What can you become world class at? Your ability to help certain health issues? Your success with difficult cases? Your ability to explain chiropractic in a compelling way? Your diagnostic prowess? Specifically, what part of patient care is the most fascinating? What aspect of chiropractic stirs your heart? Vow to become the best at something.
4. Fight an injustice or right a wrong. Chiropractic, because its philosophy is so different from the prevailing allopathic mindset of our culture, has always attracted the rebel, the renegade and the nonconformist.
Chiropractors used to be the feral ones. The unpredictable. The outspoken. The wild ones. Today, most have been domesticated and defanged. Remember, even when 300 million people believe a lie (allopathy), it’s still a lie. If you’ve been running with the I-just-want-to-get-out-of-pain crowd, you may have been deceived into believing that there just aren’t enough people who want true health and have the resources to pursue it.
But, they’re out there. And since you’re seen as a back doctor, they pursue their own path to health at the health food store, the yoga classes, the Pilates workshops and other small tribes in your community.
Give up the beige, going along to get along and fitting in with the establishment. Take a stand for the truth. Take a stand for trusting the wisdom of the body. Take a stand for natural. For self-responsibility. Confront the prevailing beliefs that fatten the corporate profits of the medical-industrial-complex, the GMO purveyors and the others who have medicalized virtually every sign and symptom and turned the public into mindless sheeple.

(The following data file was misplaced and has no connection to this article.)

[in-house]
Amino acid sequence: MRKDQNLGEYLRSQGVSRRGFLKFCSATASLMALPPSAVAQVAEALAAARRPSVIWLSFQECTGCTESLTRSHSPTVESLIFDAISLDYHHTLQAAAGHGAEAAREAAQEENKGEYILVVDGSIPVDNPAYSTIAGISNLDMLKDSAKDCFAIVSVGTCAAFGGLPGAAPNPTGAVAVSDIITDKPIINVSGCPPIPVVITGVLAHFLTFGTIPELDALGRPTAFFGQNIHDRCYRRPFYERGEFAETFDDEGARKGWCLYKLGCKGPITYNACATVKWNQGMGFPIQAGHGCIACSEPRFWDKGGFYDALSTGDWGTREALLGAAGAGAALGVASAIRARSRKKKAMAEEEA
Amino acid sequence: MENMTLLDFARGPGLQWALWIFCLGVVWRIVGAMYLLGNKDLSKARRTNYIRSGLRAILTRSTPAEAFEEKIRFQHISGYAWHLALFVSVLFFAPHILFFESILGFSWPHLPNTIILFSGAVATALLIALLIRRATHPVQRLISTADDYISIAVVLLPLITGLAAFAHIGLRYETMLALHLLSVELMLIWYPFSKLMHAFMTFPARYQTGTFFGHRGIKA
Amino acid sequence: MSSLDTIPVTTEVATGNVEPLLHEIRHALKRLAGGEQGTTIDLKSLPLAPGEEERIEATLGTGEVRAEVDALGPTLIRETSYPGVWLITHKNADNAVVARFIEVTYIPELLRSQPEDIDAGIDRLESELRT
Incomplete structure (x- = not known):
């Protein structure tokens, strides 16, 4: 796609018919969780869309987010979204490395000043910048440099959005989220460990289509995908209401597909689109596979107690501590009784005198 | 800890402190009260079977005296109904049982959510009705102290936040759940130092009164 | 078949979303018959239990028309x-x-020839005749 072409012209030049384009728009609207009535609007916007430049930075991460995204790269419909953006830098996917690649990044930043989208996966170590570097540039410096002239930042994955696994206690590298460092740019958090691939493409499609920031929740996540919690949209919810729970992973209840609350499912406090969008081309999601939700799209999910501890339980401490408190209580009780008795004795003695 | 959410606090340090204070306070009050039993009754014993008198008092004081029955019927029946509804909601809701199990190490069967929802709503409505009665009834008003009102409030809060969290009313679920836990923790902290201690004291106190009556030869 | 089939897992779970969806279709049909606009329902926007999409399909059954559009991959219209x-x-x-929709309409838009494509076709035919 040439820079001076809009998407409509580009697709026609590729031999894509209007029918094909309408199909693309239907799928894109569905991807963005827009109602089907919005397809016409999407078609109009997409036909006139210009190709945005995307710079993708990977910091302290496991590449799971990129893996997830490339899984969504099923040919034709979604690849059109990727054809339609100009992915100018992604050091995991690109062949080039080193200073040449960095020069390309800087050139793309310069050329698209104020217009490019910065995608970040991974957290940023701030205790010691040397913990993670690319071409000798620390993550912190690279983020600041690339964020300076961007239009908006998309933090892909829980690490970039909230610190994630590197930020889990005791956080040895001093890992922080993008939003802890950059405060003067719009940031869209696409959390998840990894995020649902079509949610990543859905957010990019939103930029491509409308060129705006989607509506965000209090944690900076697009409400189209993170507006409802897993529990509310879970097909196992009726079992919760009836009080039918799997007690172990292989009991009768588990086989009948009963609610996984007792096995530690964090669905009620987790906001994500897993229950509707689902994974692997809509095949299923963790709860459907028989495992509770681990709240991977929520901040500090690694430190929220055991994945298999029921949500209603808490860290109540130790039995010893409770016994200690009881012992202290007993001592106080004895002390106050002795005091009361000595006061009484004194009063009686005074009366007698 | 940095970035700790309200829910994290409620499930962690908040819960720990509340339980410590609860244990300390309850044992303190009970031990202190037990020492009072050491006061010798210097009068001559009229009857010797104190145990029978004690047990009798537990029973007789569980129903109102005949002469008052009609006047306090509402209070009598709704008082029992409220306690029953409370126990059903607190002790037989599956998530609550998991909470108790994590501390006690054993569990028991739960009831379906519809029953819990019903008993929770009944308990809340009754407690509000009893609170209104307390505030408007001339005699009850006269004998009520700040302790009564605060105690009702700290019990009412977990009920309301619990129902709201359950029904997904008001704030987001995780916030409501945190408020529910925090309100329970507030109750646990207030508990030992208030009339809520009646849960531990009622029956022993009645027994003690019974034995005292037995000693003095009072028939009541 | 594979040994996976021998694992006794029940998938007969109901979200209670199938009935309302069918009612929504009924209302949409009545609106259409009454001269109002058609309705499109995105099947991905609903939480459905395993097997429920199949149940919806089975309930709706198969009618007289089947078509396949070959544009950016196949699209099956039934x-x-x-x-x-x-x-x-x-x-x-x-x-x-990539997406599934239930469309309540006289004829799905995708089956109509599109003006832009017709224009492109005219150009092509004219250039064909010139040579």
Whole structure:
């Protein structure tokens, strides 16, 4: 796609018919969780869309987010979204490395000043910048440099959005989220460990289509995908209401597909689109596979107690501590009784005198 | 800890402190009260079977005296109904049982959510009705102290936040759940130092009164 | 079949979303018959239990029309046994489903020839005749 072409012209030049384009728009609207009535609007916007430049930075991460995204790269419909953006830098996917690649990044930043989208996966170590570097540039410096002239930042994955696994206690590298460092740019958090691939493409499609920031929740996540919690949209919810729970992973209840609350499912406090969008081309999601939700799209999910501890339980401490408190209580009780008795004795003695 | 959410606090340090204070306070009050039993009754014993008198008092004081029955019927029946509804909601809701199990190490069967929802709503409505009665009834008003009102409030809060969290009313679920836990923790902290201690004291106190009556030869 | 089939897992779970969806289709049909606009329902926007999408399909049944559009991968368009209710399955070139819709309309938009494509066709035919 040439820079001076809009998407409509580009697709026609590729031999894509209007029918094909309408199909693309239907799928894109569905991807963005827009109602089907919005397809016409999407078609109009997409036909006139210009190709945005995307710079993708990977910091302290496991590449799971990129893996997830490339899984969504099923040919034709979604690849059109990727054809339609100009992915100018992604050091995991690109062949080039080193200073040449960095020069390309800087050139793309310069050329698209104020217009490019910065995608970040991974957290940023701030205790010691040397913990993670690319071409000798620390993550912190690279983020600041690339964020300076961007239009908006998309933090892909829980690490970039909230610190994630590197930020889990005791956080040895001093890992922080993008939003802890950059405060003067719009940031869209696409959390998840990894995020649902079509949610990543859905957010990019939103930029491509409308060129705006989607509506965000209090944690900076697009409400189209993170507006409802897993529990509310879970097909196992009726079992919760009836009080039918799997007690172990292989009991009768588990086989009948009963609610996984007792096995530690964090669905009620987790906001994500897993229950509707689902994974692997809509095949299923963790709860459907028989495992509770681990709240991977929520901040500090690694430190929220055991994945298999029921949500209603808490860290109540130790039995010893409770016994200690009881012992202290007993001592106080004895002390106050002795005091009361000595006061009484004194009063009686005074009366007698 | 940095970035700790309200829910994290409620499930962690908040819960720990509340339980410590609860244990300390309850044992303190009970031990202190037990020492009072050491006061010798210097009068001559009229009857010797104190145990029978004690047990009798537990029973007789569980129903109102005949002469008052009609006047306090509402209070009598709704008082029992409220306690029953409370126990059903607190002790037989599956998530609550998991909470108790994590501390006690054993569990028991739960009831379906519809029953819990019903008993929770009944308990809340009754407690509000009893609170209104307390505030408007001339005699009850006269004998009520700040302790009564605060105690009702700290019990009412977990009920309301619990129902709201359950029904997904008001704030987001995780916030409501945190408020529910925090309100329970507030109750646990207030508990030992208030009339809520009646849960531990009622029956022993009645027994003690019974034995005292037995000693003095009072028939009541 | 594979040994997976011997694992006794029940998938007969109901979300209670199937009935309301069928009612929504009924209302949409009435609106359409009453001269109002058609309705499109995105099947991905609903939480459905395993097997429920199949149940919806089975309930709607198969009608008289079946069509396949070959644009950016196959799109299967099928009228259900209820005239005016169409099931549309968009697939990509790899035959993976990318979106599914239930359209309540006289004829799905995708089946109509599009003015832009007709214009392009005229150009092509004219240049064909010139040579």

Provoke critical thinking. Become an advocate for some aspect of natural health. At this very moment within the drawing area of your practice are people contemplating a back surgery, taking a liver-damaging drug and getting radiated and poisoned due to cancer and all the rest of the contemporary versions of bloodletting.
Where’s your voice?
5. Stop watching the news. Finally, there is little way you’ll be salty, spicy and unique if you’re consuming the same fear-mongering messages in the media as your patients and prospective patients. You simply can’t show up as a beacon of hope and healing if you’re hypnotized by the news, which is designed solely to attract eyeballs that can be sold to advertisers. How do you attract eyeballs? You create as much fear, uncertainty and unsettledness as possible. Or you go for the lurid, obscene and broadcast the less heroic of our human nature. Either way, dieting, even occasionally, on the empty calories dished up by the always on, 24-hours-a-day news cycle will constrain and diminish your spirit. It probably already has.
Unplug. Whatever is going on in Washington or Paris or the crisis du jour is largely out of your control to do anything about. So it infects you with a spirit of hopelessness and a victim mentally. Instead, make your community better, stronger and more resilient by rising above the noise and fear.
If they “drop the big one” or something really significant happens, you’ll learn about it soon enough by someone who has turned his or her life over to the Borg.
Your Practice Is Waiting For Leadership
You don’t have to create a vision for your practice. You’ve probably survived all these years without one. However, if you want to be in, but not of; if you want to rise above the average and become exceptional, make sure you and every member of your team knows, understands and is willing to put their back into crusading for your vision. Providing a picture that inspires and creates the hope of a better tomorrow is the most fundamental aspect of leadership.